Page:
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Automate versioning and publication of npm packages


A while ago I wrote a post about always writing perfect commit messages by using commit linting tools and conventional templates. This makes the commit messages look great and formatted the same way regardless of who is committing but what is the next step you may ask. Wouldn't it be fun to be able to use these standardized commits to automate more steps in our project? Well, of course! How about automating the whole release flow with generating versions, changelogs, tags and publication?

Tools to automate versioning

There are two popular tools for automatic versioning packages. They are standard-version and semantic-release, and in short they do pretty much the same thing.

  • Using the commit messages to determine what changes have been made.
  • Setting a new semantic version of the package based on the changes.
  • Generating a containing everything changed from last version.
  • Committing these additions.
  • Creating a new tag with the updated version number.

The difference between these two tools is when all these steps are happening and with what level of automation. With standard-version this is usually triggered manually when we want to release a new version and with semantic-release this is usually happening automatically on a CI/CD server together with pushing and publishing. So, to make a generalization of this, you can use standard-version for smaller packages that you can publish when you want and semantic-release is used for larger project with multiple contributors and with everything automated. An example is a small CLI tool that you develop yourself is using standard-version and a large monorepo with multiple packages and contributors can use semantic-release.

When starting with automatic versioning of packages it is in my opinion a good idea to start with a less automated approach to get a better understanding of what is happening. So I will describe how to set up standard-version in an existing npm project.

Using standard-version

The only requirement for standard-version to work is that all commits are following the Conventional Commits Specification, but that should already be set up with commitlint and husky mentioned in the beginning.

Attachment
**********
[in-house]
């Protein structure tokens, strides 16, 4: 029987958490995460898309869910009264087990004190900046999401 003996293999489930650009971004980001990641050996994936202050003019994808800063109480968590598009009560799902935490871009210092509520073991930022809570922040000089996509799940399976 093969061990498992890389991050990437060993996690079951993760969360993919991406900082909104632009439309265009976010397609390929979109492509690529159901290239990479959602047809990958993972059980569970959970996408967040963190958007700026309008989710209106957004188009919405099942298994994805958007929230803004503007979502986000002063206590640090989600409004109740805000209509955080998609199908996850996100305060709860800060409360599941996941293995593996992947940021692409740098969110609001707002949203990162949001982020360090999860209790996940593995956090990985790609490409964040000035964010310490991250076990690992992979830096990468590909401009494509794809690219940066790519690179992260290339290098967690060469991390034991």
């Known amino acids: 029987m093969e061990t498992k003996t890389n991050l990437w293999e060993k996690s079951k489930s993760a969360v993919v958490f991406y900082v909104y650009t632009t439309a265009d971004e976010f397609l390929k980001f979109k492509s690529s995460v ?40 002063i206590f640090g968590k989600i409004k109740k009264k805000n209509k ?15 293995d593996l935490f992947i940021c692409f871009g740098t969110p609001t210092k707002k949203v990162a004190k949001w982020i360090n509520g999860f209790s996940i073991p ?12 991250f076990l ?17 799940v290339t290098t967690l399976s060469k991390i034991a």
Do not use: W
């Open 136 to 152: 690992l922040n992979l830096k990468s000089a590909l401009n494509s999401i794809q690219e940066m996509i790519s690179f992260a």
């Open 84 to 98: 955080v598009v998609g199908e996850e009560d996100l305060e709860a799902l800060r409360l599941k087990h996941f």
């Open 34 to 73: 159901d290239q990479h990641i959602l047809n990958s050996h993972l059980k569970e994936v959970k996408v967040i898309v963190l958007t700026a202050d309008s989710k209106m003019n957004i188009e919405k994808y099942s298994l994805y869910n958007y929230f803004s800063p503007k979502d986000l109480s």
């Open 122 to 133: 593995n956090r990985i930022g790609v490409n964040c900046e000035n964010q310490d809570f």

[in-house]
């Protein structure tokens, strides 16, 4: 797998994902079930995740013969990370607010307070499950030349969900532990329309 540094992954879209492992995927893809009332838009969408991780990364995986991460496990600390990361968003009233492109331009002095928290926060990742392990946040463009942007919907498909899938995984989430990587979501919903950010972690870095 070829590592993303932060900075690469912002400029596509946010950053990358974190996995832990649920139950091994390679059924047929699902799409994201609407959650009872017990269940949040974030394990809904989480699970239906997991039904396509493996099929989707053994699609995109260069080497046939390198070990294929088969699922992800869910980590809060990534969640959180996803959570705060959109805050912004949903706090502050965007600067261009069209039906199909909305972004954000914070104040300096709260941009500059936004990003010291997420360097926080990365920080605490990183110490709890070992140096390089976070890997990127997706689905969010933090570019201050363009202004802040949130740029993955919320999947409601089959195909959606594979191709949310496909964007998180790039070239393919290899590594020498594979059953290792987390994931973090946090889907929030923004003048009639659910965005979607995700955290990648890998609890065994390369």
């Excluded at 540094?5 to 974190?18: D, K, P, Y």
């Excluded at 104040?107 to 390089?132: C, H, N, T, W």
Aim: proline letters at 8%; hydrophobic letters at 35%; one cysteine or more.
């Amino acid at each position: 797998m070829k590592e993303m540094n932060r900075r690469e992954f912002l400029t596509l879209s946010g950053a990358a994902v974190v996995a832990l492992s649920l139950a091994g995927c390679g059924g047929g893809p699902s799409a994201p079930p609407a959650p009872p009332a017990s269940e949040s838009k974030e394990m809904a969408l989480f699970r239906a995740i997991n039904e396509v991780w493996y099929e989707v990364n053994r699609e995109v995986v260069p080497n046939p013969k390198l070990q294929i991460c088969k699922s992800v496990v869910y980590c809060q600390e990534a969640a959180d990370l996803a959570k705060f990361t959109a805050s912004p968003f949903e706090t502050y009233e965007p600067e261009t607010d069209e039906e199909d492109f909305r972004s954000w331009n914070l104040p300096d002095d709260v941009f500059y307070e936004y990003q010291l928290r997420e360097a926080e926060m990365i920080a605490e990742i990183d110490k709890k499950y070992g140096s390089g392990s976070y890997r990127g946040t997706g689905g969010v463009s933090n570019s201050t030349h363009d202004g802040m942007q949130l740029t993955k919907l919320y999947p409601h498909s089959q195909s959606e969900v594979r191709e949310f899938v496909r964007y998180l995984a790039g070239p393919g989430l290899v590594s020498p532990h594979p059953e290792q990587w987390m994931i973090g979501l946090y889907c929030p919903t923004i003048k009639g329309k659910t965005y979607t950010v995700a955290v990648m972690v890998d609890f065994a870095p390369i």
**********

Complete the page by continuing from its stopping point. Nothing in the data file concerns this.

The first thing we need to do is adding the tool to our project.

yarn add --dev standard-version

After that we can add a new script which we can run when we want to release, add this to your package.json:

  "scripts": {
    "release": "standard-version"

This way we only need to run yarn release every time we want a new version, and we can release whenever we want. After each new feature/fix, a specific day of the month or just when we feel the changes are plenty enough. But before running this script and releasing we should make an initial release.

We want to make a first release which sets the initial version of the project. Let's try it with the --dry-run flag to just see what happens without actually doing any real changes.

yarn release --first-release --dry-run

It will output something like this:

$ standard-version --first-release --dry-run
βœ– skip version bump on first release
βœ” created
βœ” outputting changes to

### 0.1.0 (2020-01-02)

βœ” committing
βœ” tagging release v0.1.1
β„Ή Run `git push --follow-tags origin master` to publish

Looks good! We also noticed that it will not be pushed nor published, but we'll take care of that in a bit.

Now, let's run it without the --dry-run flag to make this the real deal.

yarn release --first-release

That was really simple! Next release you simply skip the --first-release flag. As you noticed in the output we still need to push it to origin, let's do that.

git push --follow-tags origin master

We need the --follow-tags flag to ensure the new tag gets pushed as well, it can be set in your git config if you want it as default. If you now visit your project on GitHub (or equivalent) you can now see a new release has been made.

First release on GitHub

As long as the name of your package is available on the npm registry we can also publish it.

npm publish

That's all you need to do from now on, release, push and publish. Super easy!

Improve the process a bit more

Even though it's only three commands we can improve this a bit more by adding code quality checks and put everything in one single command.

It can be a good idea to check for errors in the code before releasing (especially when publishing) and for that we can use lifecycle scripts.

Let's lint and test our code before we actually do any of the release steps in standard-version by adding some scripts. In this example we are using jest, eslint and TypeScript.

  "scripts": {
    "release": "standard-version",
    "lint": "tsc --noEmit && eslint ./ --ext .ts",
    "test": "jest --ci"
  "standard-version": {
    "scripts": {
      "prerelease": "yarn lint && yarn test"

Every time we run yarn release the prerelease script will trigger and lint and test our code before anything else. If everything goes well, standard-version will proceed with the release. If you have any linting errors or failing tests you can't release a new version. These checks should probably run even before being able to merge to master (so all releasable code is already checked) but that's another topic we won't discuss now πŸ€“

If you want to run a single command for everything, with compiling the TypeScript code before publishing for example, you can add something like this:

  "scripts": {
    "prepublishOnly": "tsc",
    "mega-super-release": "yarn release && git push --follow-tags origin master && npm publish"

But at this point you have automated so much it's almost like semantic-release, so maybe you should look into that now instead πŸ˜‰